One of my favorite moments: I was walking back to our Airbnb from the beach with our daughter A so she could go potty. I noticed she was walking funny. I was holding her hand and each time she stepped she tugged at my arm. I looked down at her feet to see what she was doing. She was trying to match her footsteps to mine. My heart melted. That is a mommy moment I will cherish forever!
Other days we ventured out of Laie. We explored Hanauma Bay, Waimea Valley, Makapu’u Lighthouse Trail, and The Polynesian Cultural Center. Our family loves adventuring. It fills my heart and soul with energy. Hanauma Bay is a gem with a beautiful beach and amazing snorkeling. Waimea Valley was built for our hiking family - the girls would run ahead, looking for birds, wanting us to read the information boards, and zig-zagging along different trails. We even swam at the waterfall there! The Makapu’u Lighthouse Trail was a workout - steep, but paved. And if you are patient, you will be able to see whales. Chris and I could have sat up there for hours whale-watching and relaxing in the sunshine.
We also love learning about other cultures so we were fascinated by our visit to the Polynesian Cultural Center. All the presentations were amazing. The girls dressed up in Tonga, learned the Hula in Hawaii, got tattoos in Fiji, and watched a wedding in Tahiti. Their favorite part was getting stamps in their Village Passport Booklets at each of the six villages!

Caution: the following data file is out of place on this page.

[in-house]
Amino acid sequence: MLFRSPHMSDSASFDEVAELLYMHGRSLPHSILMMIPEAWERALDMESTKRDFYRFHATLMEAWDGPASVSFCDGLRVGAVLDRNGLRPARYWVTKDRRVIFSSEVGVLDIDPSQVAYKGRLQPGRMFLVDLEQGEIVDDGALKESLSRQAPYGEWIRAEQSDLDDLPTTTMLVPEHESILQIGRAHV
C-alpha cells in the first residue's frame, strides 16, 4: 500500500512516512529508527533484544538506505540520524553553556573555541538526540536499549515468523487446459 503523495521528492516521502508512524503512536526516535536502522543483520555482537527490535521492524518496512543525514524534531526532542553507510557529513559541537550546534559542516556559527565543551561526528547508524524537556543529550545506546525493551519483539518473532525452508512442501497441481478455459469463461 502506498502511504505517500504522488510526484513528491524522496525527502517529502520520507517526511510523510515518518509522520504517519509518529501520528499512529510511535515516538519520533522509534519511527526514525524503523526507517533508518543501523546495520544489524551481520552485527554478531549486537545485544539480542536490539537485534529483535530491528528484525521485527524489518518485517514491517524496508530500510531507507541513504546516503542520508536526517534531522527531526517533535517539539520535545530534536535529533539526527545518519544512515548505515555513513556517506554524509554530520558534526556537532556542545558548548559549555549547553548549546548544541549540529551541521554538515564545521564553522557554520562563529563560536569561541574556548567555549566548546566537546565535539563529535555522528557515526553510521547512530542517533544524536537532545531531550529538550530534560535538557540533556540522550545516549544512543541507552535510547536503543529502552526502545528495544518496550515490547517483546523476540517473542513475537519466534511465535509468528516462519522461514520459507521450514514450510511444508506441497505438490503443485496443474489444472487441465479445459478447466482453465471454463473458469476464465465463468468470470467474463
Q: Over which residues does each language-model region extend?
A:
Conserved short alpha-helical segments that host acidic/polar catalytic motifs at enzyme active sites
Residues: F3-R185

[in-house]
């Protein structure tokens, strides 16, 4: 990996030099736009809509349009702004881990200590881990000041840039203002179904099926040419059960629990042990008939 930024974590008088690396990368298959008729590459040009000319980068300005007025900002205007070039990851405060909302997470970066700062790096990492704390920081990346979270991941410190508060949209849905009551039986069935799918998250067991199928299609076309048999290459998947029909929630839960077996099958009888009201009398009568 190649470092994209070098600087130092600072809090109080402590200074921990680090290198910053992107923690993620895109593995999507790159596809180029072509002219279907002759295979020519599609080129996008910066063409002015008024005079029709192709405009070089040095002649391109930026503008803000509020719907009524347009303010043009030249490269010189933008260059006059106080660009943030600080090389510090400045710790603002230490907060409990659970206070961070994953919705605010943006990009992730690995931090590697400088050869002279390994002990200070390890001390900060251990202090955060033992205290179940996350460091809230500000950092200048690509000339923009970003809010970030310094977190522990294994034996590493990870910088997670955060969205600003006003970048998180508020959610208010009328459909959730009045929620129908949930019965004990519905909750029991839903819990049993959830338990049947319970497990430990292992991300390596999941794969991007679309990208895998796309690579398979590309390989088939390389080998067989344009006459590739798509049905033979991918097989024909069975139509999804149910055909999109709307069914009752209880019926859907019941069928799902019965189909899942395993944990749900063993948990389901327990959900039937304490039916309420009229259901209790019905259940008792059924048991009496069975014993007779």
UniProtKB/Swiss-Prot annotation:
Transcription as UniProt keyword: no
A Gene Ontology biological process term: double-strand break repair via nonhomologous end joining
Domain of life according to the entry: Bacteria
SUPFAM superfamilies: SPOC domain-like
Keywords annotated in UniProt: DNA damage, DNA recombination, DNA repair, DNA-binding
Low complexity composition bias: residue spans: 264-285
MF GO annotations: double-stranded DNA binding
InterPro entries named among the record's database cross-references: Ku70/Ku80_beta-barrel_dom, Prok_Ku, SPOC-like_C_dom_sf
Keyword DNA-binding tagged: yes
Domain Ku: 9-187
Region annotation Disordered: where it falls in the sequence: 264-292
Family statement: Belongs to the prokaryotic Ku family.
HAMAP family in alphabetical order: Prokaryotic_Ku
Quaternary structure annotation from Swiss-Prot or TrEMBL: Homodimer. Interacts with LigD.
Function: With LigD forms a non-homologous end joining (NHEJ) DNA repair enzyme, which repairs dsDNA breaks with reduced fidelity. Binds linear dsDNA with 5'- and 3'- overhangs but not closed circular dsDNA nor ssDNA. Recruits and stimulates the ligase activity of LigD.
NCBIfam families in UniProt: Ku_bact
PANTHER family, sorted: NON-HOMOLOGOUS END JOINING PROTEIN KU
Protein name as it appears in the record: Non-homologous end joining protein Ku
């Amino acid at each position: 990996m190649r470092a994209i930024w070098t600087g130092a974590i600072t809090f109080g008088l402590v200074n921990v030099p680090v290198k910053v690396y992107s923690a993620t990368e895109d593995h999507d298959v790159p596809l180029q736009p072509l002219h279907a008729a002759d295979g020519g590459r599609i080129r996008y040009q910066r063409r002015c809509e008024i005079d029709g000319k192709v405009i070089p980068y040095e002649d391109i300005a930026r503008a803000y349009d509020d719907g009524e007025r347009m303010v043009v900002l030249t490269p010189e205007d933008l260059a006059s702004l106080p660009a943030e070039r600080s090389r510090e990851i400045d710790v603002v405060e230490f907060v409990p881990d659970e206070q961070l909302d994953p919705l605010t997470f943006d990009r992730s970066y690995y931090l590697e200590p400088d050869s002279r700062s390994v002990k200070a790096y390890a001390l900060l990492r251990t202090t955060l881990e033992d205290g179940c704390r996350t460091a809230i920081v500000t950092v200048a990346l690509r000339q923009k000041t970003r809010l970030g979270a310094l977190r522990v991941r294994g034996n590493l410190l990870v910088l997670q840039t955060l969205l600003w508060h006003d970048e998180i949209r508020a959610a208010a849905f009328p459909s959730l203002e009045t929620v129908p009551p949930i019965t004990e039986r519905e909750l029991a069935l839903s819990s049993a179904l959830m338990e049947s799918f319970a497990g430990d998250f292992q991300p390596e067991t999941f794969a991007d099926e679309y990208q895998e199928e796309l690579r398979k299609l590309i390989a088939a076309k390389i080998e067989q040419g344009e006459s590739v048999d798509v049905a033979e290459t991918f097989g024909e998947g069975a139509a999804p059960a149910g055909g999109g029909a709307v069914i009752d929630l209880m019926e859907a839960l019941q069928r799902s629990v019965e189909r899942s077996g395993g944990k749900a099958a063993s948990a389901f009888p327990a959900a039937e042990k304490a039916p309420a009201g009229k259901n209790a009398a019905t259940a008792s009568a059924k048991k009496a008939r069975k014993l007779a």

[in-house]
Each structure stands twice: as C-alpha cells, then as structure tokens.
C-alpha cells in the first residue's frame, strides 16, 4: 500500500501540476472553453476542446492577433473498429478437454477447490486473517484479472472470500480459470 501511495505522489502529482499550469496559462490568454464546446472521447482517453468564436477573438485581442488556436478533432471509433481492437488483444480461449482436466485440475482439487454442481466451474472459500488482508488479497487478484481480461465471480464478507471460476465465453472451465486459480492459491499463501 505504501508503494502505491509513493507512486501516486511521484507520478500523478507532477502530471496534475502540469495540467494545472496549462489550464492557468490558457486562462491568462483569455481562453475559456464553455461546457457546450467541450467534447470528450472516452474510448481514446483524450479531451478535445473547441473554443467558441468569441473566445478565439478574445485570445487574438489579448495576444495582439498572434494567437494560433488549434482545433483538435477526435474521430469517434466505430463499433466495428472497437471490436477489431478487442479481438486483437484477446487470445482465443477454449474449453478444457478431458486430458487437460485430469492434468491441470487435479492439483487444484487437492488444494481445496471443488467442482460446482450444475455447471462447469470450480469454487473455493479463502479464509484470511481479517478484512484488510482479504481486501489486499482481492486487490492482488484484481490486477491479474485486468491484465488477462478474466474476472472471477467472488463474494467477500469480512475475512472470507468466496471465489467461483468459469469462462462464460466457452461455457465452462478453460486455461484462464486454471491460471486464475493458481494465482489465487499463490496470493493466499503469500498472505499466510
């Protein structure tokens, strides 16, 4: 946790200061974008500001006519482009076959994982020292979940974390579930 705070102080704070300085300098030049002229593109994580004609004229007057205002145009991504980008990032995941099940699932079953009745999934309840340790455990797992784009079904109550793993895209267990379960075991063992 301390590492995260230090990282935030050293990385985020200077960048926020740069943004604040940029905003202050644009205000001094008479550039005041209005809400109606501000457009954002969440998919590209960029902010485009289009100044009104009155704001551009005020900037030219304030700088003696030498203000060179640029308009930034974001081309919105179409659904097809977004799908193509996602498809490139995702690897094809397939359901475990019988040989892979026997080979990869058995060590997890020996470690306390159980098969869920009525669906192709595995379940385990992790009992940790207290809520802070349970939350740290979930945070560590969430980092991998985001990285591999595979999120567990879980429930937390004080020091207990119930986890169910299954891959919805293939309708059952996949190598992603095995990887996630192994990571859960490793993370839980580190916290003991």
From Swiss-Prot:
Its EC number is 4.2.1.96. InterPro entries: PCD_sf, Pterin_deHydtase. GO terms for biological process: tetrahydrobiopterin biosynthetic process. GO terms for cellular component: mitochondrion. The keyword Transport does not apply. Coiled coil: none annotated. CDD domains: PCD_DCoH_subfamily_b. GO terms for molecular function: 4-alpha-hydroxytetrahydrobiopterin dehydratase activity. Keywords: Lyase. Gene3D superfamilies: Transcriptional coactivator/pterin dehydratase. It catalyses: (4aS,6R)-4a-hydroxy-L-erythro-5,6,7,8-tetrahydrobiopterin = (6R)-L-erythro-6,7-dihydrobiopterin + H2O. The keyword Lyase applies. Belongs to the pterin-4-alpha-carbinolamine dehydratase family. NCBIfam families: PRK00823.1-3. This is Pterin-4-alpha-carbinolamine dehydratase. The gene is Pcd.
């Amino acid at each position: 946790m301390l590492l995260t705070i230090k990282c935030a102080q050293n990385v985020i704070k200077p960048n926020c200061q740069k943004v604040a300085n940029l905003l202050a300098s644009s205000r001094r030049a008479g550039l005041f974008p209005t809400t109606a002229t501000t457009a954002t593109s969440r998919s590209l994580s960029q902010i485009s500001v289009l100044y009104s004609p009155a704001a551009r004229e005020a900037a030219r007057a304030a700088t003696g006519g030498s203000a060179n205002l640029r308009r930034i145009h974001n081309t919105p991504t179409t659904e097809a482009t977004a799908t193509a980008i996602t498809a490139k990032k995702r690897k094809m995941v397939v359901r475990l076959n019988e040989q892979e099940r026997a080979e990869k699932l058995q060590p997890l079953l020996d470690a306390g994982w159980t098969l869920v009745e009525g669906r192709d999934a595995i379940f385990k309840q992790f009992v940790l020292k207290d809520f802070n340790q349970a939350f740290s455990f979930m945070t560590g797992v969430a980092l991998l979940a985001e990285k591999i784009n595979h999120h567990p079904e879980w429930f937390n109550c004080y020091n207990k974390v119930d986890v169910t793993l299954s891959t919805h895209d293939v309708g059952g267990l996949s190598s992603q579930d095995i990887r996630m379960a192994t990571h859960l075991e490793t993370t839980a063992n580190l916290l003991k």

My favorite part of our time in Hawaii happened at the end of each day. As the sun set and we got ready for bed the breeze would blow through our open windows. I would lay down in bed with a single blanket, listening to the ocean and palm trees swaying in the wind. It lulled me to sleep in the most peaceful way possible. I felt truly relaxed for the first time in a long time.
Aloha means so much more than hello or goodbye. It’s a way of life. It’s loving yourself and then going on to share that love with others. The Spirit of Aloha is all about positive energy that touches the soul and brings harmony.
My time in Oahu was healing. Breathing in the salty humid air invigorated my soul. I noticed every breath I took and treasured every inhale and exhale. I had never felt so connected to my body. Then I would look out at the ocean, see the bright blue sky, the clear blue ocean, and the gentle waves making their way to shore. With each wave, I felt more peace and contentment fill my mind. I could sit and be still. Each day was filled with sunshine. I love the sun. It pulls me outside to partake in the world around me, creating an abounding energy for playing and adventuring with my family.